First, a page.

Daniel Berehulak is an award-winning independent photojournalist based in Mexico City, Mexico.
A native of Sydney, Australia, Daniel has visited over 60 countries covering history-shaping events including the Iraq war, the trial of Saddam Hussein, child labour in India, Afghanistan elections and the return of Benazir Bhutto to Pakistan, and documented people coping with the aftermath of the Japan Tsunami and the Chernobyl disaster.
His work has been recognized with two Pulitzer prizes. In 2015, for Feature Photography for his coverage of the Ebola epidemic in West Africa and in 2017 for Breaking News Photography for his coverage of the so-called war on drugs in the Philippines, both for The New York Times. In 2011, he was also a Pulitzer finalist for his coverage of the 2010 floods in Pakistan. These are some of several honors his photography has earned including six World Press Photo awards, two Photographer Of The Year awards from Pictures of the Year International and the prestigious John Faber, Olivier Rebbot and Feature Photography awards from the Overseas Press Club amongst others.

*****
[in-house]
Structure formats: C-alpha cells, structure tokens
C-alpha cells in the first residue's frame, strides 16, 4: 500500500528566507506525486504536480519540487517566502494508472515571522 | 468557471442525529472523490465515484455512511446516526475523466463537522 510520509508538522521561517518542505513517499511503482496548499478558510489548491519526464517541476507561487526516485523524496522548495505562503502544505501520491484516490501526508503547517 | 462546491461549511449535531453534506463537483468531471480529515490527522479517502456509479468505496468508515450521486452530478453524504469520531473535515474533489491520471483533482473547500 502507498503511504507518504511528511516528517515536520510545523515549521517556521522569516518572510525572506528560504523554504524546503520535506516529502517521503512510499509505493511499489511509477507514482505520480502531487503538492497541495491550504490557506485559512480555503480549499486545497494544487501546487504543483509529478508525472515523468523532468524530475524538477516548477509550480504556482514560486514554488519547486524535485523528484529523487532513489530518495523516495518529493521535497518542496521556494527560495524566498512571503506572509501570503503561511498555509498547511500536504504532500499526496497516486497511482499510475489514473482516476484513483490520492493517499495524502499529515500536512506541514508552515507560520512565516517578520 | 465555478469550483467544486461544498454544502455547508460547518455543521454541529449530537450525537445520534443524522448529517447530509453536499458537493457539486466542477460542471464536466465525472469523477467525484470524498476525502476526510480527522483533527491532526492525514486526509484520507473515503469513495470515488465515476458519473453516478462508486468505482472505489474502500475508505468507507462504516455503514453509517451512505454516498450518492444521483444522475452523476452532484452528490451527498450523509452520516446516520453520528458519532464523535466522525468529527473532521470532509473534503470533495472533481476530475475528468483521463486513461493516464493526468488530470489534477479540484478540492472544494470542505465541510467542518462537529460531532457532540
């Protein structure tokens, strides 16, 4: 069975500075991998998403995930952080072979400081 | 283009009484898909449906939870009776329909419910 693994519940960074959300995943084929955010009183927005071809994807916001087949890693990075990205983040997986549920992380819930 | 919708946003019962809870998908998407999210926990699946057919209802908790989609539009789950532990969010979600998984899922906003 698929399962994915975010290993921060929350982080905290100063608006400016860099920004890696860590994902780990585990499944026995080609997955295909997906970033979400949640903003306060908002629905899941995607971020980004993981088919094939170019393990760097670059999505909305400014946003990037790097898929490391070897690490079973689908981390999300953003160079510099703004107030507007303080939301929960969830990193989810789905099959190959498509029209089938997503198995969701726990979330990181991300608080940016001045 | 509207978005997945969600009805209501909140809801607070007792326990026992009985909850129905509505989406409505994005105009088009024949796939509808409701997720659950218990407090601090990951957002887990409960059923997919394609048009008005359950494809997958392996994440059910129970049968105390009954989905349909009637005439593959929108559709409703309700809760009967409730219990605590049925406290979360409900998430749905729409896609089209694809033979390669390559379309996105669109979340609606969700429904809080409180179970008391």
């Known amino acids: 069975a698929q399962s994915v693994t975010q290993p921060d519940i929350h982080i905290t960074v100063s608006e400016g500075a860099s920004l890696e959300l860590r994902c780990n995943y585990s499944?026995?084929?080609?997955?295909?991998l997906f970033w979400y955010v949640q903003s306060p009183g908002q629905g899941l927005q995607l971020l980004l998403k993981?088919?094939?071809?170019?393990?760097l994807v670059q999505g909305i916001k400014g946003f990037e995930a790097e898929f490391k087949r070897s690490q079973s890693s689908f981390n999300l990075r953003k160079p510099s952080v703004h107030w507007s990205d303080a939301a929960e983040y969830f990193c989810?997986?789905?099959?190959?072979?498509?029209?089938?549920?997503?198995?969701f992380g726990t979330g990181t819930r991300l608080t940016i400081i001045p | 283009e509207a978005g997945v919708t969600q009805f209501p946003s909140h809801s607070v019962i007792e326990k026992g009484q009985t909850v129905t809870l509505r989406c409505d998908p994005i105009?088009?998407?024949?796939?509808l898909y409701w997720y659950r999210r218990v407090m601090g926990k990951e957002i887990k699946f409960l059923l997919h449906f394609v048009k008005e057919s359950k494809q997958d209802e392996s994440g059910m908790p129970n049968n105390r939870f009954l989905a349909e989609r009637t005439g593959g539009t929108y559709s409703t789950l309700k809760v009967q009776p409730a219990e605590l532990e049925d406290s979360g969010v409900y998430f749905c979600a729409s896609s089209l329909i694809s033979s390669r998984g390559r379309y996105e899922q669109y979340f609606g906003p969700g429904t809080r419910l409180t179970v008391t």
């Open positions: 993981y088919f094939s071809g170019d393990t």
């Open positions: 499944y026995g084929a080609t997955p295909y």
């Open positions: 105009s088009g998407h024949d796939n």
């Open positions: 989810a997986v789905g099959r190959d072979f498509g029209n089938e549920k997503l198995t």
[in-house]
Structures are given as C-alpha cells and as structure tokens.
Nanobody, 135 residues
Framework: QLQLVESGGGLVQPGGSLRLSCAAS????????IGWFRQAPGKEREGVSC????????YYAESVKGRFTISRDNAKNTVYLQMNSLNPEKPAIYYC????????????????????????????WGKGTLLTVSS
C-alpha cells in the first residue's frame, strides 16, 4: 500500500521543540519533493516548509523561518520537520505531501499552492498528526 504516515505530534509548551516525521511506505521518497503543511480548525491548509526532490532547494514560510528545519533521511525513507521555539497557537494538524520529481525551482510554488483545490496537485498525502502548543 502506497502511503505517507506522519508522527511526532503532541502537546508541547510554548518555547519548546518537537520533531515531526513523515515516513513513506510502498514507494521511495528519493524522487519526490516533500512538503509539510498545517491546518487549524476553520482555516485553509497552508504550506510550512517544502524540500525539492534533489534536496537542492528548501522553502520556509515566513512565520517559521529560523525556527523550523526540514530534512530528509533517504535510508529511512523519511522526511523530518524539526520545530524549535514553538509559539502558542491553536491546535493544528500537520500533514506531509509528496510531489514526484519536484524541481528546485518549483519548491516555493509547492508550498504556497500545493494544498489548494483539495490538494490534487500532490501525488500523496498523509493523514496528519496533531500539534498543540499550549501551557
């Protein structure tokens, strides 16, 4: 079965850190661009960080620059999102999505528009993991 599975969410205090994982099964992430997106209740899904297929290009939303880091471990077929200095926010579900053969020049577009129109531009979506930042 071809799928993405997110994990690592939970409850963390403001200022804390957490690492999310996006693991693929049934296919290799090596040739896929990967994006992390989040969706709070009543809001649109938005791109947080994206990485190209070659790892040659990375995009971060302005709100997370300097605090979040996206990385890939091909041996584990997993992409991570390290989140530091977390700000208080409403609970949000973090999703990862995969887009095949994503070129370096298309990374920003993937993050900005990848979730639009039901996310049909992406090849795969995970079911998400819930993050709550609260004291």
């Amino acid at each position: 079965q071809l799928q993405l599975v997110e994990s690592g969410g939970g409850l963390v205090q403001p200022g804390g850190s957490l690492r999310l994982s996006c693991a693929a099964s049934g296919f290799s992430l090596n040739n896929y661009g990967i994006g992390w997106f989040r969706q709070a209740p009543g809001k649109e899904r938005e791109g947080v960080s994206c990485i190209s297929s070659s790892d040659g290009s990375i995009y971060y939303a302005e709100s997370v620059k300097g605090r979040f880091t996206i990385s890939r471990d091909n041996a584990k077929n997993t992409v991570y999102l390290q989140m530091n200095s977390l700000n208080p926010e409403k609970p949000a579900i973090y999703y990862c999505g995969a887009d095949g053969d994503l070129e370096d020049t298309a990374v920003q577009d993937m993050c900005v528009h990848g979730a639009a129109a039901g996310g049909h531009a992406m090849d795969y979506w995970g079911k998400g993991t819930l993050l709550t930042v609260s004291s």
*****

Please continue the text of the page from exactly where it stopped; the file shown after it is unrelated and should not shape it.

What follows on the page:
Born to immigrant parents, Daniel grew up on a farm outside of Sydney, Australia. Their Ukrainian practicality did not consider photography to be a viable trade to pursue so at an early age Daniel worked on the farm and at his father’s refrigeration company. After graduating from The University of NSW with a degree in History, his career as a photographer started humbly: shooting sports matches for a guy who ran his business from his garage. In 2002 he started freelancing with Getty Images in Sydney shooting mainly sport.
From 2005 Daniel was based in London and from 2009 in New Delhi, as a staff news photographer with Getty Images.
As of July 2013, Daniel embarked upon a freelance career to focus on a combination of long-term personal projects, breaking news and client assignments.
He is a regular contributor to The New York Times.